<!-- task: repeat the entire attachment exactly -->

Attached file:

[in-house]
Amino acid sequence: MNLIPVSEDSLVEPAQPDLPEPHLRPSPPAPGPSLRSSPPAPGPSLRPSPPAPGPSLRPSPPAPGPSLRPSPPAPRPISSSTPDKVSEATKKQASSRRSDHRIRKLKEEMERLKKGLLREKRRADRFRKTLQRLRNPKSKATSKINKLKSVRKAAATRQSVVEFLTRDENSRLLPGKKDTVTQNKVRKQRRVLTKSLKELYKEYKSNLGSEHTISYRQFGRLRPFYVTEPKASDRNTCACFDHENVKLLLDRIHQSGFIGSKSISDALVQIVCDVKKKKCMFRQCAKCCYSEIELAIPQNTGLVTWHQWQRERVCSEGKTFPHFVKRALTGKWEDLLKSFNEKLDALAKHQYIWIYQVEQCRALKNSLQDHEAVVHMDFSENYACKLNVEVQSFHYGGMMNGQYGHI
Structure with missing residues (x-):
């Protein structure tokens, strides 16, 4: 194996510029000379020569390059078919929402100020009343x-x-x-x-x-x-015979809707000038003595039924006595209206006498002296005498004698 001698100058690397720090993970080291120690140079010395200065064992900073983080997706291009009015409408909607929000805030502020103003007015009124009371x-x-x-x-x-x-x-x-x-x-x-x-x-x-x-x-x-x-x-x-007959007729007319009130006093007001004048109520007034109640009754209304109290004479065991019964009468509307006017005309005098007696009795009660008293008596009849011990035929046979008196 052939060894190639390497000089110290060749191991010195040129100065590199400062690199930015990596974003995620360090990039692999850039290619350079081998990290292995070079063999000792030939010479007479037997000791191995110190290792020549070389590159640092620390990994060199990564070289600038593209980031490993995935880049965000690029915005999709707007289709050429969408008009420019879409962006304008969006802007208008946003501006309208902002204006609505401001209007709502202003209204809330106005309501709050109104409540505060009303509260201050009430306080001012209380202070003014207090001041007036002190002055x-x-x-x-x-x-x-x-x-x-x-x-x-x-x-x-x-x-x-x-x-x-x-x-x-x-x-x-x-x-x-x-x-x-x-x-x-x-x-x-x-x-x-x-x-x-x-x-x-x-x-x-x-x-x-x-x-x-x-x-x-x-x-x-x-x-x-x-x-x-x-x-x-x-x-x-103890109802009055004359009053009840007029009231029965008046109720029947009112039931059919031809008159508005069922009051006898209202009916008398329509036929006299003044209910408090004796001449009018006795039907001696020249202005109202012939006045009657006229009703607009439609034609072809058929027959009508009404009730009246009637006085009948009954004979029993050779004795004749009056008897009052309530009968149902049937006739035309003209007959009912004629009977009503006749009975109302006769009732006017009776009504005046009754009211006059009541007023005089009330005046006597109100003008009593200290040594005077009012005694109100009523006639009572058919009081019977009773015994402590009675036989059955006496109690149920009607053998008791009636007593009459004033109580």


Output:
[in-house]
Amino acid sequence: MNLIPVSEDSLVEPAQPDLPEPHLRPSPPAPGPSLRSSPPAPGPSLRPSPPAPGPSLRPSPPAPGPSLRPSPPAPRPISSSTPDKVSEATKKQASSRRSDHRIRKLKEEMERLKKGLLREKRRADRFRKTLQRLRNPKSKATSKINKLKSVRKAAATRQSVVEFLTRDENSRLLPGKKDTVTQNKVRKQRRVLTKSLKELYKEYKSNLGSEHTISYRQFGRLRPFYVTEPKASDRNTCACFDHENVKLLLDRIHQSGFIGSKSISDALVQIVCDVKKKKCMFRQCAKCCYSEIELAIPQNTGLVTWHQWQRERVCSEGKTFPHFVKRALTGKWEDLLKSFNEKLDALAKHQYIWIYQVEQCRALKNSLQDHEAVVHMDFSENYACKLNVEVQSFHYGGMMNGQYGHI
Structure with missing residues (x-):
């Protein structure tokens, strides 16, 4: 194996510029000379020569390059078919929402100020009343x-x-x-x-x-x-015979809707000038003595039924006595209206006498002296005498004698 001698100058690397720090993970080291120690140079010395200065064992900073983080997706291009009015409408909607929000805030502020103003007015009124009371x-x-x-x-x-x-x-x-x-x-x-x-x-x-x-x-x-x-x-x-007959007729007319009130006093007001004048109520007034109640009754209304109290004479065991019964009468509307006017005309005098007696009795009660008293008596009849011990035929046979008196 052939060894190639390497000089110290060749191991010195040129100065590199400062690199930015990596974003995620360090990039692999850039290619350079081998990290292995070079063999000792030939010479007479037997000791191995110190290792020549070389590159640092620390990994060199990564070289600038593209980031490993995935880049965000690029915005999709707007289709050429969408008009420019879409962006304008969006802007208008946003501006309208902002204006609505401001209007709502202003209204809330106005309501709050109104409540505060009303509260201050009430306080001012209380202070003014207090001041007036002190002055x-x-x-x-x-x-x-x-x-x-x-x-x-x-x-x-x-x-x-x-x-x-x-x-x-x-x-x-x-x-x-x-x-x-x-x-x-x-x-x-x-x-x-x-x-x-x-x-x-x-x-x-x-x-x-x-x-x-x-x-x-x-x-x-x-x-x-x-x-x-x-x-x-x-x-x-103890109802009055004359009053009840007029009231029965008046109720029947009112039931059919031809008159508005069922009051006898209202009916008398329509036929006299003044209910408090004796001449009018006795039907001696020249202005109202012939006045009657006229009703607009439609034609072809058929027959009508009404009730009246009637006085009948009954004979029993050779004795004749009056008897009052309530009968149902049937006739035309003209007959009912004629009977009503006749009975109302006769009732006017009776009504005046009754009211006059009541007023005089009330005046006597109100003008009593200290040594005077009012005694109100009523006639009572058919009081019977009773015994402590009675036989059955006496109690149920009607053998008791009636007593009459004033109580």